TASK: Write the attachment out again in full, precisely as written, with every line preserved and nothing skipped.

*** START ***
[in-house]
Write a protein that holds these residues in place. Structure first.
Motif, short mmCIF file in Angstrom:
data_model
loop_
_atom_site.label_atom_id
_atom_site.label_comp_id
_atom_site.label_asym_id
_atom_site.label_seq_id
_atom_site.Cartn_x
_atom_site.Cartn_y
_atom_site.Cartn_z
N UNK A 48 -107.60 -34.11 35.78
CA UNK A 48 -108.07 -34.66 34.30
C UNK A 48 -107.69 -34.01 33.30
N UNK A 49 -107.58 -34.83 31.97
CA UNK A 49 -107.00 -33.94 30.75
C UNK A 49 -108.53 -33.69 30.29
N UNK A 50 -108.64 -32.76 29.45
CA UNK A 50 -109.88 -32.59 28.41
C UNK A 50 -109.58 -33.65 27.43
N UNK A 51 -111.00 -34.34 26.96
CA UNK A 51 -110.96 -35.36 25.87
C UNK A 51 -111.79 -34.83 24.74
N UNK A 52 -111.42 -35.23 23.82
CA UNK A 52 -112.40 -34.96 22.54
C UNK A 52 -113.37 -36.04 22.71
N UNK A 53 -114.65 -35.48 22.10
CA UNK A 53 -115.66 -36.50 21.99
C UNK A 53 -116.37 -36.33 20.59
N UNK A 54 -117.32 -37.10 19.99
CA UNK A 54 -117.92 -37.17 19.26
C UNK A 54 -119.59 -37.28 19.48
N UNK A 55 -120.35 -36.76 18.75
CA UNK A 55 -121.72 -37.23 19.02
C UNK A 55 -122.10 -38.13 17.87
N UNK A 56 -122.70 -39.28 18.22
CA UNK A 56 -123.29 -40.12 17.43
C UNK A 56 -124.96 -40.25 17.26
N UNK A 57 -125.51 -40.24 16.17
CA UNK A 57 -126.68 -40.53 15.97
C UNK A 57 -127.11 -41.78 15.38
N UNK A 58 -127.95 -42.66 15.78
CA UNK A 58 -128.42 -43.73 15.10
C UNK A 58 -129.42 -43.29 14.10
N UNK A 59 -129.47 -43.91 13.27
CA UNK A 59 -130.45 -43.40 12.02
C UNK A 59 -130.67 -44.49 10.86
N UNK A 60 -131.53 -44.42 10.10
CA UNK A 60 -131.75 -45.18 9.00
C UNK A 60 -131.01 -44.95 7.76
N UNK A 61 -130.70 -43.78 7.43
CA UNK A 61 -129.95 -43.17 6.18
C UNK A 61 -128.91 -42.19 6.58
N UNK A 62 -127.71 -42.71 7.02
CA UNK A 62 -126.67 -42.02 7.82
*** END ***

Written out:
[in-house]
Write a protein that holds these residues in place. Structure first.
Motif, short mmCIF file in Angstrom:
data_model
loop_
_atom_site.label_atom_id
_atom_site.label_comp_id
_atom_site.label_asym_id
_atom_site.label_seq_id
_atom_site.Cartn_x
_atom_site.Cartn_y
_atom_site.Cartn_z
N UNK A 48 -107.60 -34.11 35.78
CA UNK A 48 -108.07 -34.66 34.30
C UNK A 48 -107.69 -34.01 33.30
N UNK A 49 -107.58 -34.83 31.97
CA UNK A 49 -107.00 -33.94 30.75
C UNK A 49 -108.53 -33.69 30.29
N UNK A 50 -108.64 -32.76 29.45
CA UNK A 50 -109.88 -32.59 28.41
C UNK A 50 -109.58 -33.65 27.43
N UNK A 51 -111.00 -34.34 26.96
CA UNK A 51 -110.96 -35.36 25.87
C UNK A 51 -111.79 -34.83 24.74
N UNK A 52 -111.42 -35.23 23.82
CA UNK A 52 -112.40 -34.96 22.54
C UNK A 52 -113.37 -36.04 22.71
N UNK A 53 -114.65 -35.48 22.10
CA UNK A 53 -115.66 -36.50 21.99
C UNK A 53 -116.37 -36.33 20.59
N UNK A 54 -117.32 -37.10 19.99
CA UNK A 54 -117.92 -37.17 19.26
C UNK A 54 -119.59 -37.28 19.48
N UNK A 55 -120.35 -36.76 18.75
CA UNK A 55 -121.72 -37.23 19.02
C UNK A 55 -122.10 -38.13 17.87
N UNK A 56 -122.70 -39.28 18.22
CA UNK A 56 -123.29 -40.12 17.43
C UNK A 56 -124.96 -40.25 17.26
N UNK A 57 -125.51 -40.24 16.17
CA UNK A 57 -126.68 -40.53 15.97
C UNK A 57 -127.11 -41.78 15.38
N UNK A 58 -127.95 -42.66 15.78
CA UNK A 58 -128.42 -43.73 15.10
C UNK A 58 -129.42 -43.29 14.10
N UNK A 59 -129.47 -43.91 13.27
CA UNK A 59 -130.45 -43.40 12.02
C UNK A 59 -130.67 -44.49 10.86
N UNK A 60 -131.53 -44.42 10.10
CA UNK A 60 -131.75 -45.18 9.00
C UNK A 60 -131.01 -44.95 7.76
N UNK A 61 -130.70 -43.78 7.43
CA UNK A 61 -129.95 -43.17 6.18
C UNK A 61 -128.91 -42.19 6.58
N UNK A 62 -127.71 -42.71 7.02
CA UNK A 62 -126.67 -42.02 7.82